Posted May 18, 2019 05:31:50 How to get rid of a ‘soulless soul mate’?
This is the question posed to the bereaved by a bereaved family member’s passing.
In the wake of the death of a loved one, you may be faced with a difficult decision: do you accept the grief, or do you seek solace and closure in some form of spirituality?
The answer to that question may vary depending on your family structure and the circumstances of your death.
There is no magic bullet to overcome bereavement grief.
But there are steps you can take to help you cope with bereavement.
The basics of grieving You need to be in a state of grief-free and not emotionally or physically distressed.
Your partner and/or family will need to take care of you in a supportive way.
Your grieving partner will need a support network to talk to during this difficult time.
This is usually an extended family or friend.
The grieving partner may need to accept the loss of their loved one.
The family member will need some kind of reminder of the life they once had.
These reminders will help them process the loss.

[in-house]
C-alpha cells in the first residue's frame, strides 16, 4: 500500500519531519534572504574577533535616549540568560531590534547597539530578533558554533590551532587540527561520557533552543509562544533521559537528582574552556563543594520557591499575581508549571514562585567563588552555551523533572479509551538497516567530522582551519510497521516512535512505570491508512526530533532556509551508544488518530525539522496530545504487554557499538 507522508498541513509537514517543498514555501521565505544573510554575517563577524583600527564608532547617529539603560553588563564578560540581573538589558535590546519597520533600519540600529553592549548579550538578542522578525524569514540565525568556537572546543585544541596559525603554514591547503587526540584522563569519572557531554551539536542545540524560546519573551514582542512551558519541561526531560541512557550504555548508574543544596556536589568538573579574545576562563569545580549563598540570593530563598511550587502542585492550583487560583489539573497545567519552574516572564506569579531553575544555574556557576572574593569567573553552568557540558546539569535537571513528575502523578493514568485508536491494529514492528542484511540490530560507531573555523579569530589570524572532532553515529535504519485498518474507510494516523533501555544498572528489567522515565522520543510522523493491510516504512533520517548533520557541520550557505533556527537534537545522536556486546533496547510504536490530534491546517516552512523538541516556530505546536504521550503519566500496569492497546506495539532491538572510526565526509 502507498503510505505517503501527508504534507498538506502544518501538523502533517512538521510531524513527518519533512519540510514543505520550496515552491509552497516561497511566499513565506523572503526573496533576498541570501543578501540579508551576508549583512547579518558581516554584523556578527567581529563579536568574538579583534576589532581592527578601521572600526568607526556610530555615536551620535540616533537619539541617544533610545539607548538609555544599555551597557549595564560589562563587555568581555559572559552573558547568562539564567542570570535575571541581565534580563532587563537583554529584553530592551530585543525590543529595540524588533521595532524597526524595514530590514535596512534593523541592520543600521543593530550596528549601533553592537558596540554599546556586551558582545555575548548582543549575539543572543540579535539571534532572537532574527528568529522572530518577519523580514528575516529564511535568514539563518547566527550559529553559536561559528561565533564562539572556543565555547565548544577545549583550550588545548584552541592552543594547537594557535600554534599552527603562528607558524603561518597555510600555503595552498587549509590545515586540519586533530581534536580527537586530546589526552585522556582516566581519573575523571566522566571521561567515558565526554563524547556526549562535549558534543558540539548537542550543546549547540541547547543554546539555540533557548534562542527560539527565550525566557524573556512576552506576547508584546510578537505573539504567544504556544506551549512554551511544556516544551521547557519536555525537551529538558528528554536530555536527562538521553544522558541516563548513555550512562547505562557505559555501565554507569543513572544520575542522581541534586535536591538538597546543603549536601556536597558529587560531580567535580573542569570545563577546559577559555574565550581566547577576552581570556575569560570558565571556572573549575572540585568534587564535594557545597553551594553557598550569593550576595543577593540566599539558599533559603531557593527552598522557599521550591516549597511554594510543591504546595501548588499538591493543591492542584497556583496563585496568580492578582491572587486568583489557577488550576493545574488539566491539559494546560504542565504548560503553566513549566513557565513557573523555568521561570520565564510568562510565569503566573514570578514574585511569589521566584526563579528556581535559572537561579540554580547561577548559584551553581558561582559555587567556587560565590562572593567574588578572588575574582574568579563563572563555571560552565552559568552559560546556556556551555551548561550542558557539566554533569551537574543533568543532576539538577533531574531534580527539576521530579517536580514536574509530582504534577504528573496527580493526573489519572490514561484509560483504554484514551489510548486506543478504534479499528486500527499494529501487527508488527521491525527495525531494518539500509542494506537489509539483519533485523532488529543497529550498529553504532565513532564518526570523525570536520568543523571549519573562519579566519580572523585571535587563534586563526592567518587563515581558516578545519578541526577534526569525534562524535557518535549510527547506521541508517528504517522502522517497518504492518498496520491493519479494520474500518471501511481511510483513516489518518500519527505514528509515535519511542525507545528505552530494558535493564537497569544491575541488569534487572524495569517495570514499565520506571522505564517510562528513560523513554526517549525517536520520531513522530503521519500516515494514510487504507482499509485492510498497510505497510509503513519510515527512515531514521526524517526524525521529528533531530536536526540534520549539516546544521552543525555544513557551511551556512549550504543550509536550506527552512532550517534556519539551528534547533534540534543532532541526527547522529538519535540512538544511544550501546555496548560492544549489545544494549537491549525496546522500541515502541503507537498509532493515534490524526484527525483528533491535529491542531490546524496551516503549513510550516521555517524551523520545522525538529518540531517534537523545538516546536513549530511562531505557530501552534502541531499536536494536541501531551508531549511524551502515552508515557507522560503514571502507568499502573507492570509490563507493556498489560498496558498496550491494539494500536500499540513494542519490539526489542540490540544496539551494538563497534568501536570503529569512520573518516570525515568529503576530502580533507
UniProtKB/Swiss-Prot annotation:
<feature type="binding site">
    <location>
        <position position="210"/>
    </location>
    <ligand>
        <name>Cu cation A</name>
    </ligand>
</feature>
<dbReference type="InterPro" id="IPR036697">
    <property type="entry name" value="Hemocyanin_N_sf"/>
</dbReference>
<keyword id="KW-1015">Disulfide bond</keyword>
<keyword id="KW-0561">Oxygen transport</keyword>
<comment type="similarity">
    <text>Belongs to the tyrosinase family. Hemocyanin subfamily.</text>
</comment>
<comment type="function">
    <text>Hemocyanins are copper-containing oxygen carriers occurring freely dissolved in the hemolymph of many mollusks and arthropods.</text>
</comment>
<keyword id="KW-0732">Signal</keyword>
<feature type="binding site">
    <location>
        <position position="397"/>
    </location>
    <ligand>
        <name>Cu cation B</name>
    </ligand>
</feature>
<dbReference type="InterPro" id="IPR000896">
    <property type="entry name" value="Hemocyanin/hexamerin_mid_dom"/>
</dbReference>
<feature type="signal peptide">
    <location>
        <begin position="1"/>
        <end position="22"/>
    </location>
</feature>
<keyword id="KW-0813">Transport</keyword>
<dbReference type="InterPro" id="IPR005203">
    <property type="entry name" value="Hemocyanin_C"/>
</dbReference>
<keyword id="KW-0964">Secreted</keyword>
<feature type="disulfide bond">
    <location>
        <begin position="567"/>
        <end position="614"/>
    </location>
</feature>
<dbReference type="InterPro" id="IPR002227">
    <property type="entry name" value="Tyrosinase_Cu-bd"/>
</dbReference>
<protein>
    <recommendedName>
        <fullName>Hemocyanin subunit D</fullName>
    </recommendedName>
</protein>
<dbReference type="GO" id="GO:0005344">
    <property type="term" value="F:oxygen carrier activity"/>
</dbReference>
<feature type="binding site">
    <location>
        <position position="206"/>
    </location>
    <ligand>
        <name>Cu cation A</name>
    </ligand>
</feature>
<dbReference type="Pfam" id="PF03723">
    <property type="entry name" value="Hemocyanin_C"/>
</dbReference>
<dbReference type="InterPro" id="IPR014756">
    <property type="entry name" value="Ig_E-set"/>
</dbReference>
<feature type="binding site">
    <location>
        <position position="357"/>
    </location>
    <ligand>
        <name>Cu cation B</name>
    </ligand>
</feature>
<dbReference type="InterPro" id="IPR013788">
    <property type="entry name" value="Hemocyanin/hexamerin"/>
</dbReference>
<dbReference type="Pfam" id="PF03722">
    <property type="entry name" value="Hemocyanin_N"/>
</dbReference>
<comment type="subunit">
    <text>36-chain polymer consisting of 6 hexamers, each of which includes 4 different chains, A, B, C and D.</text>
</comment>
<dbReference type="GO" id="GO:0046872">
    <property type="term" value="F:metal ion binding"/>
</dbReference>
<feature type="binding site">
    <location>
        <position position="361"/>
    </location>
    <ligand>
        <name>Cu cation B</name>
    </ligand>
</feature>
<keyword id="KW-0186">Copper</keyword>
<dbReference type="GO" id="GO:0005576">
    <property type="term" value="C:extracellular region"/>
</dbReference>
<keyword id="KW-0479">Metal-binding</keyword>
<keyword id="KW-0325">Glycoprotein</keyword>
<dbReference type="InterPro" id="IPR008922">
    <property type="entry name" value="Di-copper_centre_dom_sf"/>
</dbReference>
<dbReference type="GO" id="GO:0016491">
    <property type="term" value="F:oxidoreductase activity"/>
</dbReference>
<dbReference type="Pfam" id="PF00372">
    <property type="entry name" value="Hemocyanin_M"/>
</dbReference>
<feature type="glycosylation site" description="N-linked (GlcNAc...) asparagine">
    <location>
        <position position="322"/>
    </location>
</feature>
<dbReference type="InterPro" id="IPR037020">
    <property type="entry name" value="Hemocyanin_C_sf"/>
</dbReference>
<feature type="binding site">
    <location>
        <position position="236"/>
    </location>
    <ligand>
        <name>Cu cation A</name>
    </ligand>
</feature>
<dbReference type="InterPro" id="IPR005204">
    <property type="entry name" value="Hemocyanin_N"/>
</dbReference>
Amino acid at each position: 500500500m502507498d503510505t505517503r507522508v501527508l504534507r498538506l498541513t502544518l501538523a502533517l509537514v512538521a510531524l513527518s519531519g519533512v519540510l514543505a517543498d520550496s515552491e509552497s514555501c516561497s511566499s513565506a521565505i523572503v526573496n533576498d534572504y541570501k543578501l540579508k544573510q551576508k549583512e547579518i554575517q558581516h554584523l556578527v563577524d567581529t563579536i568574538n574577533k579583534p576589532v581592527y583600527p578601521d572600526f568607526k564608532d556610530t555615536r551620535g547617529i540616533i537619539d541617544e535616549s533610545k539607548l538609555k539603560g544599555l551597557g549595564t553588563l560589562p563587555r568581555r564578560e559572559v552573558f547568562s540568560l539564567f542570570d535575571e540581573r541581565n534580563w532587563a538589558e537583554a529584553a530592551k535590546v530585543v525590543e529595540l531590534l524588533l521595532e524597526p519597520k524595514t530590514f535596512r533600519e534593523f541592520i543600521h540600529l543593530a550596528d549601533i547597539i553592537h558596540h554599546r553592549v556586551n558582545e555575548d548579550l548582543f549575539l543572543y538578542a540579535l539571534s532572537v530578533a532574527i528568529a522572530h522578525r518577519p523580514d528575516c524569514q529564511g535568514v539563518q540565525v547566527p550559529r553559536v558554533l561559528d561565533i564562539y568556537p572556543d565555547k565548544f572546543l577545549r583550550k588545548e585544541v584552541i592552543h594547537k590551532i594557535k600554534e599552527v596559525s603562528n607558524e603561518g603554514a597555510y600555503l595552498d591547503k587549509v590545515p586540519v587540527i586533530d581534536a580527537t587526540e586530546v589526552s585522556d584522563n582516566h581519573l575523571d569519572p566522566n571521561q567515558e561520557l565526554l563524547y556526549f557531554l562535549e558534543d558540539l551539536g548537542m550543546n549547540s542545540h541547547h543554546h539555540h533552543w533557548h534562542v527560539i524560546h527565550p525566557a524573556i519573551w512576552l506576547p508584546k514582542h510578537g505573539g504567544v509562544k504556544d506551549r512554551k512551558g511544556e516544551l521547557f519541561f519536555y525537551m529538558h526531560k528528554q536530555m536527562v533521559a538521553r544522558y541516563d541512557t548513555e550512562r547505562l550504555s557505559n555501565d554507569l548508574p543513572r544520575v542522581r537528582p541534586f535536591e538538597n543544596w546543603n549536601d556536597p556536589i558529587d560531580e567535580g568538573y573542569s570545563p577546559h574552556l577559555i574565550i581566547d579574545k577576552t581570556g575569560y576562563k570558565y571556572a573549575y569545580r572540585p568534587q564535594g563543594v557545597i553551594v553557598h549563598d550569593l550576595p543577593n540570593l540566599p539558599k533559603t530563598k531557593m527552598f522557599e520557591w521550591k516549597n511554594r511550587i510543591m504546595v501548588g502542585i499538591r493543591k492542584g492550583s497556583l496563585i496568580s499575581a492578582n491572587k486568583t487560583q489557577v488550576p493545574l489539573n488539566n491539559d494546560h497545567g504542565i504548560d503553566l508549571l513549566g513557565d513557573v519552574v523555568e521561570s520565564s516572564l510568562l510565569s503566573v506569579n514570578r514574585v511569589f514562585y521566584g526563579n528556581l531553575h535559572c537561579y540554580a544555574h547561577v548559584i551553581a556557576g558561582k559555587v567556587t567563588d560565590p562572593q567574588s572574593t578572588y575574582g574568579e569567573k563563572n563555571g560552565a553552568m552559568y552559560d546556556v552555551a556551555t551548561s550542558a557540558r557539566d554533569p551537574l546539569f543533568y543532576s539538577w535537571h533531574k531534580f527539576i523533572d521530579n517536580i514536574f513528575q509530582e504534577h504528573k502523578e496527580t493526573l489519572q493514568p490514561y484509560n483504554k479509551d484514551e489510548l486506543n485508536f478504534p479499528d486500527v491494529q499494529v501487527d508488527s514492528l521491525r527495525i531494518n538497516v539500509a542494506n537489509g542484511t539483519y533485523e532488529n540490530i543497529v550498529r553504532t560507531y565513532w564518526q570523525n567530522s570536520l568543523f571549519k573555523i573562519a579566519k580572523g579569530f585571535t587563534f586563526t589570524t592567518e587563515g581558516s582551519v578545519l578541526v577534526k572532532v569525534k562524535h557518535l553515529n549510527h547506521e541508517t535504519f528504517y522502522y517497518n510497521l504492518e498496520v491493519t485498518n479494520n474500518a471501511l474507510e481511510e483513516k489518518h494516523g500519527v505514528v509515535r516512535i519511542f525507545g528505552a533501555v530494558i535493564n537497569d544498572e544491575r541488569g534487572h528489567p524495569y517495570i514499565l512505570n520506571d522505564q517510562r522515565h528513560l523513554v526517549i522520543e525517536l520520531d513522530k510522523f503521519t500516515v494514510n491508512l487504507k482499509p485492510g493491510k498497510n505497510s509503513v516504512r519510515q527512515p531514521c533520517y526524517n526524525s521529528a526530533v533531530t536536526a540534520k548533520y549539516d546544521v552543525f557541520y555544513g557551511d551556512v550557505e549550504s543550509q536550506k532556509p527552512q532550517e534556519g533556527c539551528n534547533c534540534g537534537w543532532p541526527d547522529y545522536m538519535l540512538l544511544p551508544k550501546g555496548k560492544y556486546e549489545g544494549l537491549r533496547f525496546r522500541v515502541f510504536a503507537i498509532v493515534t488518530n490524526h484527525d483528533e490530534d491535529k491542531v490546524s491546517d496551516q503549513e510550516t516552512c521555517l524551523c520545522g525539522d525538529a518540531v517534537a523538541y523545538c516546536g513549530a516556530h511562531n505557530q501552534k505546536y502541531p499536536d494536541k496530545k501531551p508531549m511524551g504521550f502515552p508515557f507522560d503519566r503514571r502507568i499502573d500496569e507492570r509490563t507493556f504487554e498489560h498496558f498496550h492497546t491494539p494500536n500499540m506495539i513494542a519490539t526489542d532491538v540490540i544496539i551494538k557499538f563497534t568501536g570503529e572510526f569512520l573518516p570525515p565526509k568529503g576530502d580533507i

Find out more about how grief works and how to recognise and deal with grief symptoms.
If you can manage to find a support group, it is helpful to start by forming one to talk through your grief.
If this is difficult, you should discuss the grieving process with someone you trust.
Some people who have been through bereavement can also find support from the Church, community or faith organisations.
If your loved one was a member of the Catholic Church, it can be helpful to ask them to attend services and hear about the life of their priest.
You can also contact your local community centre or Anglican church.
Find a priest to share your grief with.
The person who took the time to learn about the priest’s life can also be helpful in helping you through this difficult period.
Find more about bereavement symptoms and coping strategies for bereaved families.